And some great examples of Plurkshop attendees and their experiences with the blending of traditional and social media:

Beth’s company is in a niche market, so she’s planning to leverage some traditional outreach like direct mail or e-mail marketing to drive adopters to a new social platform she’s considering. And, she's working social media planning into her overall planning efforts as a single marketer in the company (you go, Beth!).

Michael Jones’ newspaper publisher did multi-page spreads in all four of their papers to promote their new website. The result: The day the site launched, they got more visitors than the publisher did papers. And even the 60-year old owner is doing podcasts. Talk about embracing a new medium!

McDonald’s is running a TV ad campaign right now that by pointing viewers to a MySpace page that’s part of the campaign, encouraging them to submit a new Big Mac jingle. (Thanks to Mack Collier for the heads up.) They’ve also got podcasts on their main website about "The McDonald's You Don't Know", and investor relations issues. They still have that sorta-corporate ring to them, but a solid effort nonetheless.

Frank Martin’s local newspaper in Roanoke, VA (The Roanoke Times), and several news outlets in Connie Reece’s hometown of Austin, TX are using accounts on Twitter to send links to local news stories and editorial. All of us rather agreed that newspapers are still a little awkward with their participation, but we all heartily endorsed their effort to embrace this tidal wave of social media.

Andre Natta’s hyperlocal paper, The Terminal, in Birmingham, AL was the first in its market to use Twitter, and the result was markedly more readers for the paper. They use MySpace to update readers and point them to particular stories and news items. And, they’re about to use Facebook and MySpace to promote an event and drive viewers to their blog for more information. They’re still using email marketing too, with great success.

Deb Robison used Facebook and MySpace to promote a fashion show called Frock Out! Denver for the Denver Library. Some models and designers from the show were on the sites, too, and helped to spread the word. The success was in getting kids to invite their friends and pass the word – and interestingly, the audience spanned the generations. At the event, they actually had to turn people away! Here’s the link to the video they posted on YouTube to promote the event. The best part? Out of pocket costs were zero (just Deb’s invaluable time), and the exposure got them some great press (Denver Post stories were even picked up by news outlets) and large corporate sponsors for this year’s event. What a success story!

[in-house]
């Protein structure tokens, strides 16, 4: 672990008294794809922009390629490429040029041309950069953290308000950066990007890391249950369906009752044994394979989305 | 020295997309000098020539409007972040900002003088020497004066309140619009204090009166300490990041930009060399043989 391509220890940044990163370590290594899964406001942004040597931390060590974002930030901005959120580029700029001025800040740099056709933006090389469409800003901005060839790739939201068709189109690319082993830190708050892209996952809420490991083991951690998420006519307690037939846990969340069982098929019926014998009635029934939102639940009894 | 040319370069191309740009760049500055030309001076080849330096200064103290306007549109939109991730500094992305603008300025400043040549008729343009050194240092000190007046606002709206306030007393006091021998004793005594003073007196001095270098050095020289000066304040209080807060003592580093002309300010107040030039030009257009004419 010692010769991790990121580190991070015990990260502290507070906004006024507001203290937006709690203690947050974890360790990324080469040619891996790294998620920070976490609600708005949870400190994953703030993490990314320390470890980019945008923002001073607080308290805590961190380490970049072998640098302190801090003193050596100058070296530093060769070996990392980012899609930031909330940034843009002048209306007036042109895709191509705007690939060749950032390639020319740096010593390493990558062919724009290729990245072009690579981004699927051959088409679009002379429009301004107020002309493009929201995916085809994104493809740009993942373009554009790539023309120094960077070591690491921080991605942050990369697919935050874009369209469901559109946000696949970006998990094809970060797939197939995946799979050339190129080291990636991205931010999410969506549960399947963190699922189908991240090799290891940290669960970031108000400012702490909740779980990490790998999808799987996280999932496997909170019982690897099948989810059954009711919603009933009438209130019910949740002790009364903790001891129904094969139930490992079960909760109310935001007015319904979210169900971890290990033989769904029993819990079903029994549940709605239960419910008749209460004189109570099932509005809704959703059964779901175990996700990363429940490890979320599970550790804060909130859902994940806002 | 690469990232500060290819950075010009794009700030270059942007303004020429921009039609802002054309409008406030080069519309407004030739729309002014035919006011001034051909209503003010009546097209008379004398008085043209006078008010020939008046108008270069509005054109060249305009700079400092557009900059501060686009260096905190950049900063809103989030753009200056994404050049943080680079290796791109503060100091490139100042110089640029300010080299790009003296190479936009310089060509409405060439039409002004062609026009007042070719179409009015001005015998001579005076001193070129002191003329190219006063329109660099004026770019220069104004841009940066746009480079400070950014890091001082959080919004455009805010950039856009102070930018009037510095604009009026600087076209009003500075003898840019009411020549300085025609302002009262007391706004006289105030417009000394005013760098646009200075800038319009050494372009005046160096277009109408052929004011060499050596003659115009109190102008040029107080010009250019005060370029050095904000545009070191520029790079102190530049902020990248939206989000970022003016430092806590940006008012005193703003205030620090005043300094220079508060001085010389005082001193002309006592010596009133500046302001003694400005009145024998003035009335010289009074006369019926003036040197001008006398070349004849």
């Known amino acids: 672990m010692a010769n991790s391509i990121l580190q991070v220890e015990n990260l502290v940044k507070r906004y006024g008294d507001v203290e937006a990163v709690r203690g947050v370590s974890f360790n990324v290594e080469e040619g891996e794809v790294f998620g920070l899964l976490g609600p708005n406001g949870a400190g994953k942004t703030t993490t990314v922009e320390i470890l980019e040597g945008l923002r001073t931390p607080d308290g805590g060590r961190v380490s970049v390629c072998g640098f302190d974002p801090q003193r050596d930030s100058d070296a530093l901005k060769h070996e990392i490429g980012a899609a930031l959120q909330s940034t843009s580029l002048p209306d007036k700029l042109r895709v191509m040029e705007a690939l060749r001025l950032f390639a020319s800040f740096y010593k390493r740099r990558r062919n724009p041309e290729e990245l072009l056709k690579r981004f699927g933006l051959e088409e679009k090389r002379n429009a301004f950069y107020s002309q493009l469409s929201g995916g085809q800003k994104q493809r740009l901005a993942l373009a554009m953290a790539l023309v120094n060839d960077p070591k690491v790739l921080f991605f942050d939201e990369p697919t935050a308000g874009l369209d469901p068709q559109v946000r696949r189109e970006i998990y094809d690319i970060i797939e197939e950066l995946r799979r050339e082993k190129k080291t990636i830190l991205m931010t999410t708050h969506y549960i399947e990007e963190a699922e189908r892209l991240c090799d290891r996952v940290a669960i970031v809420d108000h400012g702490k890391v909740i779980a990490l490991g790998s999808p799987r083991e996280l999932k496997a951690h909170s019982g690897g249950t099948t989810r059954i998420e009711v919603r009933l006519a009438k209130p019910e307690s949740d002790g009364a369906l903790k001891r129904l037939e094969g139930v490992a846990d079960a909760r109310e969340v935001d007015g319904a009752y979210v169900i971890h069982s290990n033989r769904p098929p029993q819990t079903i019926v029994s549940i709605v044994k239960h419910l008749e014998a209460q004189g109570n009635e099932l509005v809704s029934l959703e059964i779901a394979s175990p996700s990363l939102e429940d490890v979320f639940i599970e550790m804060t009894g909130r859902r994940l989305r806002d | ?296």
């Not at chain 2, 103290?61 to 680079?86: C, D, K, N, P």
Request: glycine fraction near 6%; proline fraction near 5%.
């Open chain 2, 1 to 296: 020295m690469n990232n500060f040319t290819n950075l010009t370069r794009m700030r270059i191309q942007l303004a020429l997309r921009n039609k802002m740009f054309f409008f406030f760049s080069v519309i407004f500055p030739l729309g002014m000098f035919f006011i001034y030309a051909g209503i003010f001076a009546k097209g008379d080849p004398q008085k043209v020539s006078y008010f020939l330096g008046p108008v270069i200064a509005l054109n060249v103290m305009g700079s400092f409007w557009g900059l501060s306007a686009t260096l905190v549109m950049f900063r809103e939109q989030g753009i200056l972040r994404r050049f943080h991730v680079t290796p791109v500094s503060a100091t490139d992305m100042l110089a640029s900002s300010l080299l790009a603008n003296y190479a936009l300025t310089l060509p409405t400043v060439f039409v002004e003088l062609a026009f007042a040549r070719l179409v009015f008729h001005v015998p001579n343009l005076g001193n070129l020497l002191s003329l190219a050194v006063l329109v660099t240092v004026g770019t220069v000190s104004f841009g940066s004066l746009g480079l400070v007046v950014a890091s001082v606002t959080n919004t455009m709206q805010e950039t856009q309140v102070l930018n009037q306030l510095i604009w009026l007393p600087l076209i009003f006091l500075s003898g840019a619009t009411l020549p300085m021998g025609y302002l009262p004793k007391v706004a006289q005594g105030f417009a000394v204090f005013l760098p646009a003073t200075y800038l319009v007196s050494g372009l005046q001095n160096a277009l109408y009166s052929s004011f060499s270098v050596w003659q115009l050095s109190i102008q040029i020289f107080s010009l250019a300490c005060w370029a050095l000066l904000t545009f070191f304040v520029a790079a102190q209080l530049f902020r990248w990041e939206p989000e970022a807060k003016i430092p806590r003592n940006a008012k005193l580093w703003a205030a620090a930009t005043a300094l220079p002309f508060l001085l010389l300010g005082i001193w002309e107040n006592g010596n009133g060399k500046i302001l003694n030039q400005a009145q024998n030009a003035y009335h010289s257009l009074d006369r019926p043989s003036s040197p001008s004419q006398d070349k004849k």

The resounding conclusion for our Plurkshop was that traditional media and new media need to work together in this environment to really have success, and social media can be a powerful asset, indeed. As the landscape continues to change, we all need to remember that the point of social media is in connecting people to other people and giving them ways to reach out into the community. It’s not the technology, it’s a very human desire to connect that will continue to drive folks online.

As Connie is fond of saying, “Technologies change, people don’t”.

Want to join us for a Plurkshop? Get your Plurk persona rolling and look for the thread counter that keeps ticking up! Stay tuned for updates from upcomig Plurkshops.


Zemanta Pixie

6 comments:

Mack Collier said...

GREAT idea to give us a 'Cliff Notes' version of these conversations! I was planning on linking to them on my blog, think I should just point everyone here!

Connie Reece said...

What a great recap of our discussion last night. It truly is like having an online workshop. People are doing some exciting, creative things with the combination of traditional and social media, and it's great fun to get together and talk about it. We're learning from each other. Thanks for putting this all together.

Mark Salinas said...

Without a doubt social media can be a magnificent tool towards success for any organization. I have tested many